Chlorine Testing

What is Chlorine?

Chlorine is a naturally occurring element found in gaseous form at room temperature. The highly reactive nature of chlorine means it is usually bound with other elements, such as sodium chloride (salt). A strong oxidizing agent, Chlorine deactivates microorganisms by breaking through the cell membrane.

What is Chlorine used for?

Chlorine was first added to drinking water systems in the 19th century to combat diseases such as cholera. Since then chlorine has been widely adopted as a disinfectant across multiple applications, including in swimming pools and for washing food produce. As with all disinfectants, monitoring of residuals and dosing is important to ensure that levels are not too high or low.

Chlorine levels are routinely monitored to ensure that water is free of harmful bacteria. However, because it is very sensitive to pH and temperature, both those parameters must be tested and carefully controlled to achieve optimum performance.

Chlorine in drinking water

Most drinking water is treated with chlorine to prevent harmful bacteria causing illness in humans and animals. Whether added as free chlorine or a combined chlorine depends very much on how quickly the water is to be consumed and the potential for disinfection by product formation.

To learn more about controlling chloramination in drinking water, click here.

Chlorine in food and beverage

Chlorine is widely used as a sanitizer in the food and beverage industry due its relatively low cost and efficacy at preventing produce cross-contamination. Used across all the main applications and processes, chlorine remains the most popular sanitizer in the food and beverage industry.

Chlorine used in fresh produce washing is usually generated from using sodium hypochlorite, calcium hypochlorite, or through the onsite generation of chlorine gas directly into aqueous solution.

Chlorine in wastewater

Chlorine is often used at the end of a wastewater treatment process to ensure no harmful bacteria are discharged back into the environment. However, the chlorine added must then be removed before discharge to ensure that aquatic life is not harmed.

Chlorine in pools and spas

Chlorine in the most common disinfectant used in pools and spas. Like drinking water, the aim is to add enough chlorine to maintain a free chlorine residual in the presence of relatively high contamination levels without adding so much that you form harmful disinfection by products.

For more information about managing chlorine levels in your pool and spa download our pool chemistry guide or spa chemistry guide.

Equipment for chlorine testing

Palintest offers a wide range of equipment for chlorine testing ranging from simple visual tests such as test strips and comparators, to advanced digital testing with our photometers and Kemio Disinfection.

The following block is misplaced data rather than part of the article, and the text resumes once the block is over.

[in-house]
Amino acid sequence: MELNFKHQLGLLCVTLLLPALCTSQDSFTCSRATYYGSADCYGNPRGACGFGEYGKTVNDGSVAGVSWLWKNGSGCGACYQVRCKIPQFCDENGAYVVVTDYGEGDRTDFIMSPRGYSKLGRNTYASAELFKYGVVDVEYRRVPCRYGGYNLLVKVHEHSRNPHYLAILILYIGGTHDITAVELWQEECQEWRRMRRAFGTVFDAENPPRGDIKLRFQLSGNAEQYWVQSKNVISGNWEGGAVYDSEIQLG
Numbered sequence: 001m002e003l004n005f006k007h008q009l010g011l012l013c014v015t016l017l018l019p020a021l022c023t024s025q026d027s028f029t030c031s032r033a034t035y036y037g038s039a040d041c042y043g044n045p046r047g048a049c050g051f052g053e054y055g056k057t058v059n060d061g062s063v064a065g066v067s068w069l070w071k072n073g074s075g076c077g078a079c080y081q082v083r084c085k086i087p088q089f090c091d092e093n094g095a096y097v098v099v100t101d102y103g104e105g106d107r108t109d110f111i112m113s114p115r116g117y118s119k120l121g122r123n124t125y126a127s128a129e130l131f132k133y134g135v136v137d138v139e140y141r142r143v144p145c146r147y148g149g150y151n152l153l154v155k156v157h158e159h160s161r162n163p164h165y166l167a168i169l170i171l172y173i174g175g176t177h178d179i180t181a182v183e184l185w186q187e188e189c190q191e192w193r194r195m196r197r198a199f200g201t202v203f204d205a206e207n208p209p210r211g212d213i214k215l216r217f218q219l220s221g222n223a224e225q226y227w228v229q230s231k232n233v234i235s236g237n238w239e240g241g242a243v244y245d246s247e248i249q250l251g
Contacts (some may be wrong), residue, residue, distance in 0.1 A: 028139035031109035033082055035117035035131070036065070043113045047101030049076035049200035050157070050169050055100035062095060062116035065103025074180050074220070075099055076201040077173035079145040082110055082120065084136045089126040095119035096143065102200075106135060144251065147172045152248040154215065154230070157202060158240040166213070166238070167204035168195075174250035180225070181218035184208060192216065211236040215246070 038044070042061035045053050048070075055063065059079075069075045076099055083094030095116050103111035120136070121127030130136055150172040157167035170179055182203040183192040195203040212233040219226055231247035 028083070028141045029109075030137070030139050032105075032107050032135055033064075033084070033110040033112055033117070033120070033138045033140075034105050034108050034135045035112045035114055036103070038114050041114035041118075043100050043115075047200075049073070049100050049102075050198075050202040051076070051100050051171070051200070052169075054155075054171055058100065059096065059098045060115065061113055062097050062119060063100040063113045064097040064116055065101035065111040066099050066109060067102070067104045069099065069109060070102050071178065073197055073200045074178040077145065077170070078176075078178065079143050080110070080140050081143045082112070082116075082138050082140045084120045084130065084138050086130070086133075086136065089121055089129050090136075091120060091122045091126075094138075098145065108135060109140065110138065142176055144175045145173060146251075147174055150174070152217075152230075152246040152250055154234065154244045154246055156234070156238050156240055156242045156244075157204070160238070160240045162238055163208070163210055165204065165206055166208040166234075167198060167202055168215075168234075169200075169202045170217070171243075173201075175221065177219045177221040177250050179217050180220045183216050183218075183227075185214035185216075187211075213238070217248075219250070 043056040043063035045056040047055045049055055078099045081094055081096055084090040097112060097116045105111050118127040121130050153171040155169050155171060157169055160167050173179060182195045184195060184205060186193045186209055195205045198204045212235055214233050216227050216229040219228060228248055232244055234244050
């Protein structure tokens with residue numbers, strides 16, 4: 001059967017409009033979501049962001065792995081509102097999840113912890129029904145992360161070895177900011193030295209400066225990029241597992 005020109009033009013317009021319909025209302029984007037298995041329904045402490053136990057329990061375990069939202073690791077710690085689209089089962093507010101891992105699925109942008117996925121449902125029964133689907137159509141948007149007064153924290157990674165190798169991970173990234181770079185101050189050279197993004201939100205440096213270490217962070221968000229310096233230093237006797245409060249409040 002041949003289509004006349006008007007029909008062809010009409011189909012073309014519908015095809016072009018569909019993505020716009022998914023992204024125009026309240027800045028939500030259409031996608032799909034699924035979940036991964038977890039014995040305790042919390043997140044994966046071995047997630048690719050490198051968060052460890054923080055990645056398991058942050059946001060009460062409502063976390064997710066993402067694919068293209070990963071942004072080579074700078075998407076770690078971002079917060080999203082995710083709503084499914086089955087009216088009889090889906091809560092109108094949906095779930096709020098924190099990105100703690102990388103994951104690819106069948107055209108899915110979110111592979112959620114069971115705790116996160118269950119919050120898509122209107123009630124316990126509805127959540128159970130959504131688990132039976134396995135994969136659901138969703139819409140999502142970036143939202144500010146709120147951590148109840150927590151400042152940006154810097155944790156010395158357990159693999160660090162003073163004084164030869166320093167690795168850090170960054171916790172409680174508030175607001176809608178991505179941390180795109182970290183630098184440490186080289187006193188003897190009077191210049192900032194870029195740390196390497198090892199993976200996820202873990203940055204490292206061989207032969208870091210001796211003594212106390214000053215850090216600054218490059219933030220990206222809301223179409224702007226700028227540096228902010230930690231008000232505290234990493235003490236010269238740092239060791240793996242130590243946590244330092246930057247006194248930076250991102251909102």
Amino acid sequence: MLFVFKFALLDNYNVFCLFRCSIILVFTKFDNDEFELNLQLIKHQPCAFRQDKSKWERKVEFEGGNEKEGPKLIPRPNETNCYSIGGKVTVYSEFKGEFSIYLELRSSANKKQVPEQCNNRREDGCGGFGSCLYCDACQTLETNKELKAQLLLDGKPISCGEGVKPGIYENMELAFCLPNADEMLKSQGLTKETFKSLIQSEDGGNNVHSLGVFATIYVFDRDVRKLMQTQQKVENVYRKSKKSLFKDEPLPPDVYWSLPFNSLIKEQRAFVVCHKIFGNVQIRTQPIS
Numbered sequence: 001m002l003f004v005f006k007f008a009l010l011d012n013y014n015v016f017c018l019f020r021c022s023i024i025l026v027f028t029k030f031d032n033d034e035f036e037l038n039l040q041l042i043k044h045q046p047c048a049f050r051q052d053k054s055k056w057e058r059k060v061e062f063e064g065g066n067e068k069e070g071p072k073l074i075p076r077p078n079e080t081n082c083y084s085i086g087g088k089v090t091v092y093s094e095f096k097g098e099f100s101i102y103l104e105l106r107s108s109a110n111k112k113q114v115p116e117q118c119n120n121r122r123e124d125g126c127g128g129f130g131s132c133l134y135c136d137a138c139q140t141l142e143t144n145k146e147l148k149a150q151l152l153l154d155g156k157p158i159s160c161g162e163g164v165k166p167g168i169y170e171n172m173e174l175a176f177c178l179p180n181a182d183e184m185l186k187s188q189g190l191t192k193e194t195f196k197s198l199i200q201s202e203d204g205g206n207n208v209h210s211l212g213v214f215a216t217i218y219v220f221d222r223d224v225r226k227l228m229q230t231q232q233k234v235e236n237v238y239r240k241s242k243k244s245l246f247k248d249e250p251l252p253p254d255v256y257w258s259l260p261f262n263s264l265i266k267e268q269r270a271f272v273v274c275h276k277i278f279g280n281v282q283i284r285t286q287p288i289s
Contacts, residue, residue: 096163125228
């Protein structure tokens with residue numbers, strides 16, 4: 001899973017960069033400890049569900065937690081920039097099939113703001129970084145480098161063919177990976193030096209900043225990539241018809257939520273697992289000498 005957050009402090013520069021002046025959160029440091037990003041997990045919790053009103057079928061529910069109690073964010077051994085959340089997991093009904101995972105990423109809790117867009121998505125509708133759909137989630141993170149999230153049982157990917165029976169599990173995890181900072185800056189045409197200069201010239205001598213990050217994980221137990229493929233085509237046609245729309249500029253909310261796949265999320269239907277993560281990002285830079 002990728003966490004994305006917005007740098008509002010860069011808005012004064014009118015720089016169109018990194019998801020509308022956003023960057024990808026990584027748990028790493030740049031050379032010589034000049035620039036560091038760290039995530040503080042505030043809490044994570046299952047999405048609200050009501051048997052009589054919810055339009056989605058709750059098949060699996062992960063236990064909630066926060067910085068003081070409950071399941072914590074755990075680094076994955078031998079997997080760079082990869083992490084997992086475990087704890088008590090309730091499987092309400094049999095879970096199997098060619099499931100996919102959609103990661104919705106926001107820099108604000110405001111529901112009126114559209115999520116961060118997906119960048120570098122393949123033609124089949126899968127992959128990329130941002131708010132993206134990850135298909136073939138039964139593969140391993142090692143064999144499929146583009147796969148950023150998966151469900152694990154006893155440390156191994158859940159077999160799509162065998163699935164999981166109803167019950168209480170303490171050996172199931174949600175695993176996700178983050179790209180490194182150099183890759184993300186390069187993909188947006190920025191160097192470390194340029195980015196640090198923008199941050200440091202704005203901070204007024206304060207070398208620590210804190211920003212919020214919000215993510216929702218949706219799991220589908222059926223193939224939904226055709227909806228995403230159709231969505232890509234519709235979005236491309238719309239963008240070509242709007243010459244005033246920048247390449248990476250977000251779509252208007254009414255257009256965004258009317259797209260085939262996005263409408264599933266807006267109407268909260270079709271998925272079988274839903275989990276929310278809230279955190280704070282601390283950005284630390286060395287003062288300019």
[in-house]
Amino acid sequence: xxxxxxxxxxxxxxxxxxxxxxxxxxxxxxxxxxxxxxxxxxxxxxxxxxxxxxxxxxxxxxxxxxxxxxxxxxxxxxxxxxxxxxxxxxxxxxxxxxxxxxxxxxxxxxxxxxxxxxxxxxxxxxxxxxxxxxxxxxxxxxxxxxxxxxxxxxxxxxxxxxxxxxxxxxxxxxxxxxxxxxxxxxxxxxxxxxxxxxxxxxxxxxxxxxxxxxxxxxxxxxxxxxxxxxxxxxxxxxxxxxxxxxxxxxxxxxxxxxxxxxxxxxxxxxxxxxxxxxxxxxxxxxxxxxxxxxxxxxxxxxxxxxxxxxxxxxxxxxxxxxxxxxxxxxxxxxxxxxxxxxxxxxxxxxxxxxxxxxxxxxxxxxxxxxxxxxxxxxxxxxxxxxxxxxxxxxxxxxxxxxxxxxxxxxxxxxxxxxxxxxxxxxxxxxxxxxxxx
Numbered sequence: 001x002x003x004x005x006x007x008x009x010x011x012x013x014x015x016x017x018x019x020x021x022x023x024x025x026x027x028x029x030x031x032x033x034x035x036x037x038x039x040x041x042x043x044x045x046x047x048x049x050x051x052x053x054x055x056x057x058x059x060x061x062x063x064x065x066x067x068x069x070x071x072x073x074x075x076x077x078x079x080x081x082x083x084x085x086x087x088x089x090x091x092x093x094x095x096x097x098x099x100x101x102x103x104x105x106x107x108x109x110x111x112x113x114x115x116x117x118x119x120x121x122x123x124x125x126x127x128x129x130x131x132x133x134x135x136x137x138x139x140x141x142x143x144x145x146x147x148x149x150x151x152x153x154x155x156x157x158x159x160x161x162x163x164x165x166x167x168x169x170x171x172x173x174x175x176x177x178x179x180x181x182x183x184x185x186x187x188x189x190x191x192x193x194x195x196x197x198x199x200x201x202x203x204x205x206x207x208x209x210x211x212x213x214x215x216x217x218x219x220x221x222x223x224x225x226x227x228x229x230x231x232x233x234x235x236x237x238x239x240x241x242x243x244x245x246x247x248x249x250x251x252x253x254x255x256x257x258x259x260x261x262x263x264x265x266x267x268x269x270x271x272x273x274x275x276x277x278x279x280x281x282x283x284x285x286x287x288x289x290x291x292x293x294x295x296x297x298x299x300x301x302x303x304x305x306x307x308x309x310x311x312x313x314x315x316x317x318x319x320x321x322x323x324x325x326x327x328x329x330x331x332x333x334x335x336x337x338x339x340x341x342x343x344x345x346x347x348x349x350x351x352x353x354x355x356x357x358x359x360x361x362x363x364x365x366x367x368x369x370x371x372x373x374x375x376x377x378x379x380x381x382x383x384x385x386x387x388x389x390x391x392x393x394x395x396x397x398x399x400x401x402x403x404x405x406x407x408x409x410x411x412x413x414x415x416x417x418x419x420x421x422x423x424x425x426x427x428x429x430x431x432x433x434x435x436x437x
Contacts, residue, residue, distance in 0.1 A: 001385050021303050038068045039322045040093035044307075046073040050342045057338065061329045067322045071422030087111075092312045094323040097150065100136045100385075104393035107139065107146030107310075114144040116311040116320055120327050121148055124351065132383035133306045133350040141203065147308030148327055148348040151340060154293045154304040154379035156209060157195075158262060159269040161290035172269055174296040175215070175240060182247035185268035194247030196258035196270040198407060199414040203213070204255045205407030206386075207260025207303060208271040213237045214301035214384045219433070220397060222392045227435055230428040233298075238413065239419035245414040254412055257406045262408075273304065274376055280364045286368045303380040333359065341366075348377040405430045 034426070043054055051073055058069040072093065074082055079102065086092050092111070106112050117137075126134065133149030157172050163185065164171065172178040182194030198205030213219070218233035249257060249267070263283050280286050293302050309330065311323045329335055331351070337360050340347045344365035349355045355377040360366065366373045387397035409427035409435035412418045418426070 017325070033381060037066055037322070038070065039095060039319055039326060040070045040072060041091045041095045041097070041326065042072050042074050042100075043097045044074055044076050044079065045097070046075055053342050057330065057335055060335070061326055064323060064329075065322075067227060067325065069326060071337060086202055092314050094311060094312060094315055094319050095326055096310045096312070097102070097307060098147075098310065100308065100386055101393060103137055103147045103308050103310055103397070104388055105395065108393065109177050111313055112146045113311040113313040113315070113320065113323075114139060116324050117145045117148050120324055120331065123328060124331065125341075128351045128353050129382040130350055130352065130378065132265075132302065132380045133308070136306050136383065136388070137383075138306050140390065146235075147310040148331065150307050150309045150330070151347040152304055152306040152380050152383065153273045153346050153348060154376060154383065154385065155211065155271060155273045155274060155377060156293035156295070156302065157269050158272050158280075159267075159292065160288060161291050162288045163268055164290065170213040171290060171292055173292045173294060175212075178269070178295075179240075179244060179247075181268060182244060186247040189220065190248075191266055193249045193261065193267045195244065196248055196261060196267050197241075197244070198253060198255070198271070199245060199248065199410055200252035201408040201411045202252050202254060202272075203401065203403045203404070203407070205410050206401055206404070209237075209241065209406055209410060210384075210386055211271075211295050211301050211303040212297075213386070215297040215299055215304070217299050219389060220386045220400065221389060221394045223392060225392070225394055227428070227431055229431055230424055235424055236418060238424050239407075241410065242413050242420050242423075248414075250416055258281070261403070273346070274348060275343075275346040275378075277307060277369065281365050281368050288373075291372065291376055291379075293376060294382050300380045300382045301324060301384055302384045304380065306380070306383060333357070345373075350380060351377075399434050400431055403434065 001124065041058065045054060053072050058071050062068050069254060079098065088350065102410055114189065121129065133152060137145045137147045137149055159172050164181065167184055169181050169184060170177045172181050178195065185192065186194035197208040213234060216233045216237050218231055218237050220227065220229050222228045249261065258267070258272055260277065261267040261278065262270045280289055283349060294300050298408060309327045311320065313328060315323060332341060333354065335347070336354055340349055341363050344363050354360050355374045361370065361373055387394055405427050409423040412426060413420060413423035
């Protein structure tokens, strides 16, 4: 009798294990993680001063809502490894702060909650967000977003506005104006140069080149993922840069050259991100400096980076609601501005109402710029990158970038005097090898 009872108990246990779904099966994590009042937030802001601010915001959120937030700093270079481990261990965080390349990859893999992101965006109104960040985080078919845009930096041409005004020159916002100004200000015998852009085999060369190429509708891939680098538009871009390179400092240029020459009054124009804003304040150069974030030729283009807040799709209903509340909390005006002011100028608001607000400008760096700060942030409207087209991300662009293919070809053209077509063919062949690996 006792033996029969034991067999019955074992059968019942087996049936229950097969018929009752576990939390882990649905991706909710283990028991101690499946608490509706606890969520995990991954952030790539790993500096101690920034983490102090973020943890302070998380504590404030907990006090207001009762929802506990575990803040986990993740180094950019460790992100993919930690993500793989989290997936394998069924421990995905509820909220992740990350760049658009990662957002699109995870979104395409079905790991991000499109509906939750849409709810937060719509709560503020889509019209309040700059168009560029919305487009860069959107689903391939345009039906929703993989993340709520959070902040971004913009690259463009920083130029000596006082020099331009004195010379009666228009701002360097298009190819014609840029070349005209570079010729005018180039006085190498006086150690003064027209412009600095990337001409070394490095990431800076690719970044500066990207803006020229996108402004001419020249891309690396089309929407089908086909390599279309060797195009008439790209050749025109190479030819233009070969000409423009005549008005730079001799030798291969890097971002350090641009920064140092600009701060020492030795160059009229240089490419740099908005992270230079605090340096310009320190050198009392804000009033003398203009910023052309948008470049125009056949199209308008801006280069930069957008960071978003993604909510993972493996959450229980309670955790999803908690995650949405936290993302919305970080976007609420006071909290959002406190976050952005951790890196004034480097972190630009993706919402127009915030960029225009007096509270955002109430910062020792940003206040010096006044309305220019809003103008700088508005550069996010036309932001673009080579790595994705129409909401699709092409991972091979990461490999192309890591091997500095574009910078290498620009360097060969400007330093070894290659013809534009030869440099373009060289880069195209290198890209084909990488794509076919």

Depending on your application or regulatory needs, we offer a wide range of solutions to suit your application. View our products or contact our team to find out more.

 

People also ask

What is free chlorine?

Free chlorine has the highest disinfection efficacy and usually exists in water as hypochlorous acid (HOCl) or the hypochlorite ion (OCl – ), with the proportion of each dependent upon the pH of the sample.

To learn about the difference between free and combined chlorine, click here.

What is total chlorine?

Total chlorine is the sum of free chlorine and combined chlorine, or chloramines, which have weaker disinfection properties. When chlorine comes into contact with molecules containing nitrogen, it reacts to form a chloramine. Chloramines and free chlorine together are referred to as total chlorine.

To learn about the difference between free and combined chlorine, click here.

Why should I measure free chlorine?

Free chlorine and combined chlorine have different disinfection potential. Free chlorine has a stronger sanitizing potential and therefore the presence of free chlorine residual gives an indication of the sanitizing potential of your wash water. We recommend the level of free chlorine is set to ensure sufficient disinfection and must be monitored separately from total chlorine.

What level of free chlorine should I use?

This is dependent on the application for which you are using the chlorine. Contact your local regulator for more advice about how much chlorine you should be using in your system.

For information about chlorine levels in pools and spas, see our pool chemistry guide or spa chemistry guide.

What are the disinfection by products (DBPs) of chlorine?

When chlorine interacts with natural organic matter in the water, disinfection by-products (DBPs) called trihalomethanes (THM) are formed. These substances can have adverse health and environmental effects and need to be monitored.

What is the impact of diluting the test sample?

Methods requiring dilution introduce potential error. For example, a 1 in 100 dilution magnifies any measurement error on the 1 mg/L by 100 times. For systems with high frequency of tests, and a variation in operator experience, errors are inevitable and magnified during dilution. Our Kemio technology includes a high range chlorine sensor, which reduces the need for dilution. In addition where dilution is required, a dilution factor can be added to the test to do the calculations for the operator.

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